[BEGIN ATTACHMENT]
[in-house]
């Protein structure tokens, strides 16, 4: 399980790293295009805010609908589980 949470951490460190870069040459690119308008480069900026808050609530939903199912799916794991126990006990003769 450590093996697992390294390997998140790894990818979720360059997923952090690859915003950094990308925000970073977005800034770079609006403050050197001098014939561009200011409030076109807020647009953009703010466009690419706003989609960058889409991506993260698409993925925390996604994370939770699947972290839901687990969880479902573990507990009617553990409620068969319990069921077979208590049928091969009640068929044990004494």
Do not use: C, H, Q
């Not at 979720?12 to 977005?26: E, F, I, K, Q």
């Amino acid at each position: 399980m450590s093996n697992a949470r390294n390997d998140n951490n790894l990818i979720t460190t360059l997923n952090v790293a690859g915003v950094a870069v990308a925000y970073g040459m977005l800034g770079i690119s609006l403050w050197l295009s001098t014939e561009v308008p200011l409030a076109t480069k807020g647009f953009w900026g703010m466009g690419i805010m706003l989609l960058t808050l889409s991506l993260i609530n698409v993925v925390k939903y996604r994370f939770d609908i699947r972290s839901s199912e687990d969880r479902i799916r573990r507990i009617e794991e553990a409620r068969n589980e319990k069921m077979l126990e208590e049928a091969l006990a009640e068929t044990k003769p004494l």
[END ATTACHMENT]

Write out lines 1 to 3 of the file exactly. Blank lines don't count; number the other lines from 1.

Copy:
[in-house]
């Protein structure tokens, strides 16, 4: 399980790293295009805010609908589980 949470951490460190870069040459690119308008480069900026808050609530939903199912799916794991126990006990003769 450590093996697992390294390997998140790894990818979720360059997923952090690859915003950094990308925000970073977005800034770079609006403050050197001098014939561009200011409030076109807020647009953009703010466009690419706003989609960058889409991506993260698409993925925390996604994370939770699947972290839901687990969880479902573990507990009617553990409620068969319990069921077979208590049928091969009640068929044990004494």
Do not use: C, H, Q